Experts identify factors preventing $50bn investment in agric sector

Experts in the agricultural sector have listed the numerous hindrances facing operators who attempt to access loans to expand their agricultural business.

The experts spoke in Lagos recently during the United Kingdom-West Africa Agritech summit.

They pointed out that over $50bn investment was needed to maximise opportunities in the African food industry in the next 10 years and investors were available and willing to invest but that the risks associated with investing in the region had to be identified and militated against.

Speaking during a panel session, the Managing Director, Nigeria Incentive-Based Risk Sharing System for Agricultural Lending, Aliyu Abdulhammed, pointed out that unless there was finance, the huge opportunities in the agricultural sector would remain opportunities.

He said tapping into the opportunities rested on the ability to bring players who had capacity and knowledge of the business into the value chain.

He said, “If we are able to do an analysis and understand the expertise involved, then we can put a figure to it.

“We look at what the provider of the finance wants. This is why aggregation of the farmers into cooperatives makes it a lot easier to guarantee the loan.”

Also speaking, the Country Manager, West Africa UK Export Finance, Steve Gray, noted that in Africa specifically, there were increasing risks in the agricultural sector.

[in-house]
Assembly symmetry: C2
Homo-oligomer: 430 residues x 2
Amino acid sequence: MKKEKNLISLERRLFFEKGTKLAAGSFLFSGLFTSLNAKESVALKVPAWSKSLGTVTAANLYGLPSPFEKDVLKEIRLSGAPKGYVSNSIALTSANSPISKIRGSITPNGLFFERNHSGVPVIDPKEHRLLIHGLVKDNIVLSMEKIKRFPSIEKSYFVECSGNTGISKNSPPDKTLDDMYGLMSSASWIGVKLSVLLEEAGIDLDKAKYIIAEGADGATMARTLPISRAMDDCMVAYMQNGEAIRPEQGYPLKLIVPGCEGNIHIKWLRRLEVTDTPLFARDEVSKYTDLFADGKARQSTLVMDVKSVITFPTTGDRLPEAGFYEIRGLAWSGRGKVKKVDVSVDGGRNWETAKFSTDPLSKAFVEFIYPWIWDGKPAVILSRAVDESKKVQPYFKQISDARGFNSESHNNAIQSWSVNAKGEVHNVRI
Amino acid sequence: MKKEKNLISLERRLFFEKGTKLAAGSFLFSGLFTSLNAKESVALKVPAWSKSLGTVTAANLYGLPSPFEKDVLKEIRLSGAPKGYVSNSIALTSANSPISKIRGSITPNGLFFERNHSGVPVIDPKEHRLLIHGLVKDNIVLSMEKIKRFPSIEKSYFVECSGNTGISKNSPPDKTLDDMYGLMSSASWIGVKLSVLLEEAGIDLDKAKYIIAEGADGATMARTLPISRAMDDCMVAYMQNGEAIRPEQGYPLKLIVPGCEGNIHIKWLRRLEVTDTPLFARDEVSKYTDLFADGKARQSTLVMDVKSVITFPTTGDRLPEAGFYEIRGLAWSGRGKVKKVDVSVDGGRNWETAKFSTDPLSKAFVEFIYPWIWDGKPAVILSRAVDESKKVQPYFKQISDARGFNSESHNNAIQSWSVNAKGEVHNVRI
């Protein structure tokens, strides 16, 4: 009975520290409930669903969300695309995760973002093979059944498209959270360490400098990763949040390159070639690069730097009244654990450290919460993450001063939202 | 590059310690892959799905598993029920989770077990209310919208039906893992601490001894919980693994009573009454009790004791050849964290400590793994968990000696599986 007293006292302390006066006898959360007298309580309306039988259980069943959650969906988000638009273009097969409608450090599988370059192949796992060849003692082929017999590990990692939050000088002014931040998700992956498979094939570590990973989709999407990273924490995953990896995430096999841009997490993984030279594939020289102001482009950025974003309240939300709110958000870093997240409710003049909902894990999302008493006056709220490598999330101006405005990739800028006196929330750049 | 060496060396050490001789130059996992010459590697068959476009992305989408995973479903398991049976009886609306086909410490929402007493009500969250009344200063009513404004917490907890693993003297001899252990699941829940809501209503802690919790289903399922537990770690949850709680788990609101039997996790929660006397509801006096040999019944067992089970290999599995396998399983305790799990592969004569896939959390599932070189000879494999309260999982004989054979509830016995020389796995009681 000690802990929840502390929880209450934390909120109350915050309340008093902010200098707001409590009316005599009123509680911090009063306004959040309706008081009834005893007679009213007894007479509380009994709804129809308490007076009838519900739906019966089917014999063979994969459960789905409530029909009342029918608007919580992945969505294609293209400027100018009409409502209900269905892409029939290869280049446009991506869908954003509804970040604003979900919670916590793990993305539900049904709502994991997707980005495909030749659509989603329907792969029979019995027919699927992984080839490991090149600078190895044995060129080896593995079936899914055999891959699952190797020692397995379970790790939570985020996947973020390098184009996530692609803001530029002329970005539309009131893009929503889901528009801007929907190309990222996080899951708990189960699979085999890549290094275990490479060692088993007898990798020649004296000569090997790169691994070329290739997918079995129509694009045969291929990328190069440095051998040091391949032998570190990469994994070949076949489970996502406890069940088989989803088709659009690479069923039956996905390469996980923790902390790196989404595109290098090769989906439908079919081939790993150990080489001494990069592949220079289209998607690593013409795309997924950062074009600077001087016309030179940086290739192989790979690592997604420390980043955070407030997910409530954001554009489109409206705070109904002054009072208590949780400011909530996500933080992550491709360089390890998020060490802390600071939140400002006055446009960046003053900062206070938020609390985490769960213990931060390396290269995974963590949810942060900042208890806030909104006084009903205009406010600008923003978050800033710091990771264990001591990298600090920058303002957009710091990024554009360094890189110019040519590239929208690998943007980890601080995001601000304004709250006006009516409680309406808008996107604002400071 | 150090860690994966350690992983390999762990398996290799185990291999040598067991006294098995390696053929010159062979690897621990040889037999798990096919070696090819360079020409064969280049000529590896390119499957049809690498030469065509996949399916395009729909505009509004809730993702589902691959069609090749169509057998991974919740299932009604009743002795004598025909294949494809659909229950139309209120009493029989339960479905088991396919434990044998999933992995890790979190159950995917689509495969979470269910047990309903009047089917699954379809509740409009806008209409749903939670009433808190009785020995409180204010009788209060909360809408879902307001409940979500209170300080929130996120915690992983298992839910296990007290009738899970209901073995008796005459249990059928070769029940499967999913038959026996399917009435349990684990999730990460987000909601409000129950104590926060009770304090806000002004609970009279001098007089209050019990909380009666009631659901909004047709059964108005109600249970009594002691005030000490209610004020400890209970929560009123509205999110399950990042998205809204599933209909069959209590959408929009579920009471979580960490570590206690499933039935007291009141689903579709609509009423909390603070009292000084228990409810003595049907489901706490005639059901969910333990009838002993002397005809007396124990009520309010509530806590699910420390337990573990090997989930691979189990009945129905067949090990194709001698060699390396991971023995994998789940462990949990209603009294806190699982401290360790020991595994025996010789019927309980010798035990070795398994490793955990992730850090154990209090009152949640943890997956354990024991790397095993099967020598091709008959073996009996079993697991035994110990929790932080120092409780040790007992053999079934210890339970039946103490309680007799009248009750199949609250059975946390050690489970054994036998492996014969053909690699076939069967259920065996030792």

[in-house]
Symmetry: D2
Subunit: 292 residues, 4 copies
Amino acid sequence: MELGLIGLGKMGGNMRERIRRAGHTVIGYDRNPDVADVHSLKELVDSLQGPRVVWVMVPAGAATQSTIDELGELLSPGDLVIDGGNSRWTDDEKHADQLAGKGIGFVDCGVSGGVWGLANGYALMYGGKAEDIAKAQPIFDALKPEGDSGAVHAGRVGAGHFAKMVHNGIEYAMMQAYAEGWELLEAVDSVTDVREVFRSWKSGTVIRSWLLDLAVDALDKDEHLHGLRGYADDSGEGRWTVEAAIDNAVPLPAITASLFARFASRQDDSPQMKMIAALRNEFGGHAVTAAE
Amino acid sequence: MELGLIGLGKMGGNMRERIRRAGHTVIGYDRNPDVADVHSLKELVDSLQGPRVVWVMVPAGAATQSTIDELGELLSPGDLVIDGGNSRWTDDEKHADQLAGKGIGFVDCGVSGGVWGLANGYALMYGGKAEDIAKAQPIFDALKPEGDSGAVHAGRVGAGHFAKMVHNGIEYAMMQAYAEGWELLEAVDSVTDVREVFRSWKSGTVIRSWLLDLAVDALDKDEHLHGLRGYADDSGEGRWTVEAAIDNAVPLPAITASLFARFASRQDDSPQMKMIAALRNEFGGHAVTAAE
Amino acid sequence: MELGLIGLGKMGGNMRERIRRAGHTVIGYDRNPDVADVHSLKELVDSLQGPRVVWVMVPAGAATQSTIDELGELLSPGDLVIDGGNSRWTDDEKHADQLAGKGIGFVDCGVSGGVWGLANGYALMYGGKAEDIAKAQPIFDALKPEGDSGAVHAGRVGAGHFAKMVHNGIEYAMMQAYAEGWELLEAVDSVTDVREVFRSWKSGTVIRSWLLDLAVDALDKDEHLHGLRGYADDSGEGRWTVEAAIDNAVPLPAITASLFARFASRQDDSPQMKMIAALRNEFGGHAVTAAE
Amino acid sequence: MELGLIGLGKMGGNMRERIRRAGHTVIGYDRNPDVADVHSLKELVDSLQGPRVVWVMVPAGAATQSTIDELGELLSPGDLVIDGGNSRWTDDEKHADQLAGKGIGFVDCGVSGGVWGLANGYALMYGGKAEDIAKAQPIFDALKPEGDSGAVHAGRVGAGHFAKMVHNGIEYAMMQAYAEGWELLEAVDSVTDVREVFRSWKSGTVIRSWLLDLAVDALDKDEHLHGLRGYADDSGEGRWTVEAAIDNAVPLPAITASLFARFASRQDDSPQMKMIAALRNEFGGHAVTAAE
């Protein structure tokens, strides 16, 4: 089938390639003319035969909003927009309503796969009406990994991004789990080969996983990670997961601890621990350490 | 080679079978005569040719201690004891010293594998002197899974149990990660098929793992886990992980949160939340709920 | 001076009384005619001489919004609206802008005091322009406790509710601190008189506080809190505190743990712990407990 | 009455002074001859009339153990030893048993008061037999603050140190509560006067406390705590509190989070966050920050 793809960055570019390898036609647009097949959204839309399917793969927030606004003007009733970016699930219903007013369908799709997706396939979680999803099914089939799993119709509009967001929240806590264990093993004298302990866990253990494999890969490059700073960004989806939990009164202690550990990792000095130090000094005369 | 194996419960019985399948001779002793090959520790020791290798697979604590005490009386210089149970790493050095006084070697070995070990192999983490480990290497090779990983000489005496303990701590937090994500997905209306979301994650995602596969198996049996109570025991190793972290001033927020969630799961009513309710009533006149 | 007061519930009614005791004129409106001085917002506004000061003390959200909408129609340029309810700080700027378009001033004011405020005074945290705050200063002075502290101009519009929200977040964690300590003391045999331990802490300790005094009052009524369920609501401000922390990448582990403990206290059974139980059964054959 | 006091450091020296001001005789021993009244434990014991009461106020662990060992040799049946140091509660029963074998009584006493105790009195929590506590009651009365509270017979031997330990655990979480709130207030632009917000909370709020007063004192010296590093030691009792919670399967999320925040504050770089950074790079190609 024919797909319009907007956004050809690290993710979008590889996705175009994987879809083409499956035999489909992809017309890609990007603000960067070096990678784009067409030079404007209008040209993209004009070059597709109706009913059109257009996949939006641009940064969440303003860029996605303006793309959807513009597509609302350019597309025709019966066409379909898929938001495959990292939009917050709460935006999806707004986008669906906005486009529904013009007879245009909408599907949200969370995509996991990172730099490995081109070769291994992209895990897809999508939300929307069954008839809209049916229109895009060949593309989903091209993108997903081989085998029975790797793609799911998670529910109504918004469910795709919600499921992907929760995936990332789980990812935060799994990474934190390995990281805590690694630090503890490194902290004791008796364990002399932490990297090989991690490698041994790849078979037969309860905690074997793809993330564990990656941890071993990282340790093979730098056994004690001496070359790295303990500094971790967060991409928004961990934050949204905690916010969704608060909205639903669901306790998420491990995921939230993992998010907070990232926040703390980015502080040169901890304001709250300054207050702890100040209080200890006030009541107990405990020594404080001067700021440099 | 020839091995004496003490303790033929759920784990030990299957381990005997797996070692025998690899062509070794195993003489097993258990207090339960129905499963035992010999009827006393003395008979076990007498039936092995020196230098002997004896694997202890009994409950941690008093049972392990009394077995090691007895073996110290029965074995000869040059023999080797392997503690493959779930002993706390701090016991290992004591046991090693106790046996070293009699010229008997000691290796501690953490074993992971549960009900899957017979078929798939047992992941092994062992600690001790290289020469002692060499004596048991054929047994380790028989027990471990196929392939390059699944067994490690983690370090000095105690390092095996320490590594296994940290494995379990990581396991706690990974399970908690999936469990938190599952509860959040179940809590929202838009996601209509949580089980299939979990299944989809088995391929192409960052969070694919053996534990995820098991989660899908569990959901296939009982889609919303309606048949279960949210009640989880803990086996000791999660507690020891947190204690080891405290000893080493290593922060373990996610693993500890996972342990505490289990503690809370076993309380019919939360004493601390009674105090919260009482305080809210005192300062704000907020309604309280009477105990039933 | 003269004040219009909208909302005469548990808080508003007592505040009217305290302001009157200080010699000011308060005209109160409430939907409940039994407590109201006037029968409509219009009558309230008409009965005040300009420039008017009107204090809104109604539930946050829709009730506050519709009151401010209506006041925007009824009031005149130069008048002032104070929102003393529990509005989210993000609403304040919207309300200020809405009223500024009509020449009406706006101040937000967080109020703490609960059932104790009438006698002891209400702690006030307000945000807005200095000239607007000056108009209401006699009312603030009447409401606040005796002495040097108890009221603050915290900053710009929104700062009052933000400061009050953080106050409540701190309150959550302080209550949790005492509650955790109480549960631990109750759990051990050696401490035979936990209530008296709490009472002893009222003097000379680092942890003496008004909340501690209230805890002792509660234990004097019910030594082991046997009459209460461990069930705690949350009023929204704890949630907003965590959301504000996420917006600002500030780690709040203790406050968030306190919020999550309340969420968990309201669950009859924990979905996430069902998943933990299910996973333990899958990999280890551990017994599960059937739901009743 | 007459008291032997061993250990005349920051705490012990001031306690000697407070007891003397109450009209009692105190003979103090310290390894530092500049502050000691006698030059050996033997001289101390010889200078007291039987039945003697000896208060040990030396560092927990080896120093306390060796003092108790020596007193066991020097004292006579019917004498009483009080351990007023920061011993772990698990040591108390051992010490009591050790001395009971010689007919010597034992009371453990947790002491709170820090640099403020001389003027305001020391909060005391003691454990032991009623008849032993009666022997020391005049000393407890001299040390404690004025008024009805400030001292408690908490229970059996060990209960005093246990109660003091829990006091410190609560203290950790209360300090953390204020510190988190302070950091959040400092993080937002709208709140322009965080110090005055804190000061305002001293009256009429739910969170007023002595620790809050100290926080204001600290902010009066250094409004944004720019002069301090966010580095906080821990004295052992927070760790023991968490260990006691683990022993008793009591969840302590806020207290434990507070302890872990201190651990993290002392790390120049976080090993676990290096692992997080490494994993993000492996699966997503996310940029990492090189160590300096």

His listed some of the risks to include pest attacks, temperature, clarity of and ownership of land title as well as security challenges.

Gray said in advancing loans to farmers, investors articulate the business and the risks associated with the business.

“What we see about the Nigerian agricultural sector is that there is a lot of pest problem and that poses a risk of access to finance.”

According to him, investors also look at the management structure of a company; they want to know if the people in management know the business.

“We look at the balance sheet of the private firm and its credit worthiness also,” he said.

The Managing Partner, Sahel Capital, Mezuo Nwuneli, said the concern of financiers had always been finding entrepreneurs who could handle their finances and manage the loans given to them and who could work outside Abuja and Lagos, adding that most of the farm work were done outside these two cities.

He advised entrepreneurs to start small and build up so that they could learn lessons as they grow.

“Focus on your tax compliance because when you need to raise capital, you have to ensure that your tax compliance is neat,” he said.

The Managing Director, Private Investment Promotion Agency, Guinea, Mr Namory Camara, stressed the need for banks and financial houses to receive education about agriculture business.

He noted that the reason why banks were reluctant to advance loans to farmers was because most of the bankers giving out the loans had no knowledge of the operation of the sector, a situation that had resulted in them giving loans to traders and importers than farmers who would employ local people and develop the economy.

“Expertise in the agricultural sector is needed in the banks because you cannot finance a sector you do not understand,” he said.

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